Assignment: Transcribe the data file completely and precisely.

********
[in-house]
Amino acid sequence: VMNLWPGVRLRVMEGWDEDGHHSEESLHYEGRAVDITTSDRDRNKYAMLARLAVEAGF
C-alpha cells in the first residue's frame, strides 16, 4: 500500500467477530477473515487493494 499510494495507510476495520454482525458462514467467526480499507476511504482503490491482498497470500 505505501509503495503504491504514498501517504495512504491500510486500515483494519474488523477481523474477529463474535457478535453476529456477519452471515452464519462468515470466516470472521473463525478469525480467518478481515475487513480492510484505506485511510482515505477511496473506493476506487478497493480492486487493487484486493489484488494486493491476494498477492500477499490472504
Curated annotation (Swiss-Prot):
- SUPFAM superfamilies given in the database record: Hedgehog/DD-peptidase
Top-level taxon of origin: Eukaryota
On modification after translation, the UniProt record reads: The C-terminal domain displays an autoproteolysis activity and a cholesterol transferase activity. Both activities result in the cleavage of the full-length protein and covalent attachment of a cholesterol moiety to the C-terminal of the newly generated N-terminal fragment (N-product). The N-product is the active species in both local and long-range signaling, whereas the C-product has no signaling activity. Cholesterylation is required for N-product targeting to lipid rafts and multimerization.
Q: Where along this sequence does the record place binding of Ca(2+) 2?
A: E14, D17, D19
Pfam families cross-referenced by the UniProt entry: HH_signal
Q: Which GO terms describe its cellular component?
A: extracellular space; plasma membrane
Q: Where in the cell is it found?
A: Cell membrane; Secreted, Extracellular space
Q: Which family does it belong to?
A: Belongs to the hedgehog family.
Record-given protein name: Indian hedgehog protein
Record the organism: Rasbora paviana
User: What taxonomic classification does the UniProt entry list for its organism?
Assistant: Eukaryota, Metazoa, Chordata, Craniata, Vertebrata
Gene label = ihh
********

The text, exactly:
[in-house]
Amino acid sequence: VMNLWPGVRLRVMEGWDEDGHHSEESLHYEGRAVDITTSDRDRNKYAMLARLAVEAGF
C-alpha cells in the first residue's frame, strides 16, 4: 500500500467477530477473515487493494 499510494495507510476495520454482525458462514467467526480499507476511504482503490491482498497470500 505505501509503495503504491504514498501517504495512504491500510486500515483494519474488523477481523474477529463474535457478535453476529456477519452471515452464519462468515470466516470472521473463525478469525480467518478481515475487513480492510484505506485511510482515505477511496473506493476506487478497493480492486487493487484486493489484488494486493491476494498477492500477499490472504
Curated annotation (Swiss-Prot):
- SUPFAM superfamilies given in the database record: Hedgehog/DD-peptidase
Top-level taxon of origin: Eukaryota
On modification after translation, the UniProt record reads: The C-terminal domain displays an autoproteolysis activity and a cholesterol transferase activity. Both activities result in the cleavage of the full-length protein and covalent attachment of a cholesterol moiety to the C-terminal of the newly generated N-terminal fragment (N-product). The N-product is the active species in both local and long-range signaling, whereas the C-product has no signaling activity. Cholesterylation is required for N-product targeting to lipid rafts and multimerization.
Q: Where along this sequence does the record place binding of Ca(2+) 2?
A: E14, D17, D19
Pfam families cross-referenced by the UniProt entry: HH_signal
Q: Which GO terms describe its cellular component?
A: extracellular space; plasma membrane
Q: Where in the cell is it found?
A: Cell membrane; Secreted, Extracellular space
Q: Which family does it belong to?
A: Belongs to the hedgehog family.
Record-given protein name: Indian hedgehog protein
Record the organism: Rasbora paviana
User: What taxonomic classification does the UniProt entry list for its organism?
Assistant: Eukaryota, Metazoa, Chordata, Craniata, Vertebrata
Gene label = ihh